Garden Pests

Even in the best-managed vegetable gardens--ones with soil rich in compost, and a diversity of plants to encourage natural predators--certain pests will occasionally get out of hand.

There is a nugget of truth in the old maxim that insects are most likely to gang up on plants that are already unhealthy because of a soil nutrient imbalance or drought. This is the case, for examply, with some aphid outbreaks. Unfortunately, the maxim doesn't come close to explaining all our pest problems.

For instance, vegetables are bred largely for yield and flavor, often at the expense of natural resistance to pests. Furthermore, all vegetables are tender and nutritious, and this fact is not lost on a wide array of insects. With cabbageworms, hornworms, bean beetles, and Colorado potato beetles, the better you've made the soil, the more they like your vegetables.

If these or similar insects are in your neighborhood and you are growing their favorite crops, you are almost certain to have a pest outbreak. Given these realities, what should you do? Most likely you'll consider using some kind of insecticide.

Here we summarize the latest experience and expert advice about the sprays and dusts used to control pests in vegetable gardens.

Integrated Pest Management

Vegetable garden pest control begins with basic good gardening common sense, such as choosing varieties that are resistant to pests in your region, preparing the soil well and providing regular irrigation.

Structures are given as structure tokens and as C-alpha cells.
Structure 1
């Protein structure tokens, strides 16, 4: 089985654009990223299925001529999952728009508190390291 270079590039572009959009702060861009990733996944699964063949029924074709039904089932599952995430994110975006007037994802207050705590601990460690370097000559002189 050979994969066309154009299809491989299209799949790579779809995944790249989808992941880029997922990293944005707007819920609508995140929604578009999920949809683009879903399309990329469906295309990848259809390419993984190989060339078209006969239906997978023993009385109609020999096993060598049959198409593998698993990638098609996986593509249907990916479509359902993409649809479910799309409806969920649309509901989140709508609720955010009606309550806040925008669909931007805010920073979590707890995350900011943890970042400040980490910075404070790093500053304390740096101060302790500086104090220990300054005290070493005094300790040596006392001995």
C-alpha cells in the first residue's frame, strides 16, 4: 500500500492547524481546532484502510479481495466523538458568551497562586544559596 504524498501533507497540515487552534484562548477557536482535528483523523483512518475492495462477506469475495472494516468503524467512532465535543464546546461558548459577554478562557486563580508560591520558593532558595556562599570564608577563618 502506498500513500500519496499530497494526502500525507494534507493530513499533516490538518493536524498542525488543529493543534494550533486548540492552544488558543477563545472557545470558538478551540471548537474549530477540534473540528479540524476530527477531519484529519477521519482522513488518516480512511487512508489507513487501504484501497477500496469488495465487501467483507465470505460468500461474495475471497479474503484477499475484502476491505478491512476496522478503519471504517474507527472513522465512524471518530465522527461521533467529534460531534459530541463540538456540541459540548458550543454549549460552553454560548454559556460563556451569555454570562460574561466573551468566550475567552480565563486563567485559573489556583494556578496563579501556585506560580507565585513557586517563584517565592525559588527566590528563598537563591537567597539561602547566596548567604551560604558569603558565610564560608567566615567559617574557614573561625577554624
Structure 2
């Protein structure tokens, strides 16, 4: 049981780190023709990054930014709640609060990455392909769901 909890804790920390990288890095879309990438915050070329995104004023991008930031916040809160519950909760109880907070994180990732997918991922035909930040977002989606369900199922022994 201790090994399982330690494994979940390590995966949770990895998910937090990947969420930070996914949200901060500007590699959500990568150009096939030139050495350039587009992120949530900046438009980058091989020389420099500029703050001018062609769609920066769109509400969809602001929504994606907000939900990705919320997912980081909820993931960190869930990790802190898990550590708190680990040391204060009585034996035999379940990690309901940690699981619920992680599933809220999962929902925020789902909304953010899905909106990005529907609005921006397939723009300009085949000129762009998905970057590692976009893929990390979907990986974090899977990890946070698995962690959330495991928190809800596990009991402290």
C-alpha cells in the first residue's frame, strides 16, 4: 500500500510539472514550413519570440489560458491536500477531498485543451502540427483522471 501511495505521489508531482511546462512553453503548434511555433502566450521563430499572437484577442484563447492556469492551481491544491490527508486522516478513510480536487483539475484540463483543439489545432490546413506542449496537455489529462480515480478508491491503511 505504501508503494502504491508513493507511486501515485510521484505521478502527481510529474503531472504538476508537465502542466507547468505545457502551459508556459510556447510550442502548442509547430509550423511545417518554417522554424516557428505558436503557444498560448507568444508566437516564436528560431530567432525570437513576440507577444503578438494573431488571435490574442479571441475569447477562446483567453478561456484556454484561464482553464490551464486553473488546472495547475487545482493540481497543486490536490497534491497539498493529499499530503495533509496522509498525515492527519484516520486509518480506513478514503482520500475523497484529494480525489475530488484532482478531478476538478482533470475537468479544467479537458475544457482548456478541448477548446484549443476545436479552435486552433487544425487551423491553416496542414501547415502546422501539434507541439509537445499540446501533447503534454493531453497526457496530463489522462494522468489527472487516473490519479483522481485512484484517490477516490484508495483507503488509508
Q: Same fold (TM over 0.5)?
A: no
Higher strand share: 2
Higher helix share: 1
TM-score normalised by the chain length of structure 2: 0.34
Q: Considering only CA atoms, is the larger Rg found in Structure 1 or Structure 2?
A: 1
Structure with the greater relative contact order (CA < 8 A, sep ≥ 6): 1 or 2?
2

It helps to have in your garden a diversity of plants and habitats. Water, even a very small pond, is attractive to many insects and other creatures. Likewise, an abundance of flowering, nectar-bearing plants will encourage and sustain parasitic and predatory insects.

The next step in a least-toxic pest control strategy is to employ barriers, such as row covers, to exclude pests altogether. Using a pesticide, any pesticide, is always the measure of last resort. You spray or dust late in the game, when the pest insect is clearly way out of control and an important crop is at risk.

When a pest first arrives, or when prior experience tells you it soon will, the best approach is to develop a strategy of control. Integrated pest management (IPM) is a pest problem-solving process that includes considerations such as pesticide resistance, natural biological controls and pollution, in addition to problems caused by the pest. IPM integrates many pest-control methods and minimizes insecticide use, particularly of the more toxic, broad-spectrum kinds.

When a problem does occur, it is essential to correctly identify the cause. The beetle you see near a hole in a leaf may be a predator. But if it is damaging your plants, simply pick it off. Also consider that doing nothing at all--letting nature take its course--is often the best approach. Always use simple, noninvasive remedies first.

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